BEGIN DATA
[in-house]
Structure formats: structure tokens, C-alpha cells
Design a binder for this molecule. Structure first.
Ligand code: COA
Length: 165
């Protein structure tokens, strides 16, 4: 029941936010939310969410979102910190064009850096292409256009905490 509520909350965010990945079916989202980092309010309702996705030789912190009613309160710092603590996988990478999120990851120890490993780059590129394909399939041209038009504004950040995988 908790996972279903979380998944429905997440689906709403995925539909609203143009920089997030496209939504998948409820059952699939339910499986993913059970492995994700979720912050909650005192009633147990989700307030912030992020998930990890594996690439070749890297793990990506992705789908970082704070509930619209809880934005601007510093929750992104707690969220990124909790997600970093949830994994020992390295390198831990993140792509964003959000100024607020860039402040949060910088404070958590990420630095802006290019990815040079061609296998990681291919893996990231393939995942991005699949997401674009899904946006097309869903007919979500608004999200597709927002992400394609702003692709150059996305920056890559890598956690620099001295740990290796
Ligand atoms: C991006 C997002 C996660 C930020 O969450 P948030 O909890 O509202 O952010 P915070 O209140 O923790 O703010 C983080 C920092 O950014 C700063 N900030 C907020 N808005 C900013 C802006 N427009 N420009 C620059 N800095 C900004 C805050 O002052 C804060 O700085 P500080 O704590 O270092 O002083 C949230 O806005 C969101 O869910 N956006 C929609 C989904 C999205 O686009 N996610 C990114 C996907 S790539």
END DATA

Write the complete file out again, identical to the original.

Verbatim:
[in-house]
Structure formats: structure tokens, C-alpha cells
Design a binder for this molecule. Structure first.
Ligand code: COA
Length: 165
């Protein structure tokens, strides 16, 4: 029941936010939310969410979102910190064009850096292409256009905490 509520909350965010990945079916989202980092309010309702996705030789912190009613309160710092603590996988990478999120990851120890490993780059590129394909399939041209038009504004950040995988 908790996972279903979380998944429905997440689906709403995925539909609203143009920089997030496209939504998948409820059952699939339910499986993913059970492995994700979720912050909650005192009633147990989700307030912030992020998930990890594996690439070749890297793990990506992705789908970082704070509930619209809880934005601007510093929750992104707690969220990124909790997600970093949830994994020992390295390198831990993140792509964003959000100024607020860039402040949060910088404070958590990420630095802006290019990815040079061609296998990681291919893996990231393939995942991005699949997401674009899904946006097309869903007919979500608004999200597709927002992400394609702003692709150059996305920056890559890598956690620099001295740990290796
Ligand atoms: C991006 C997002 C996660 C930020 O969450 P948030 O909890 O509202 O952010 P915070 O209140 O923790 O703010 C983080 C920092 O950014 C700063 N900030 C907020 N808005 C900013 C802006 N427009 N420009 C620059 N800095 C900004 C805050 O002052 C804060 O700085 P500080 O704590 O270092 O002083 C949230 O806005 C969101 O869910 N956006 C929609 C989904 C999205 O686009 N996610 C990114 C996907 S790539």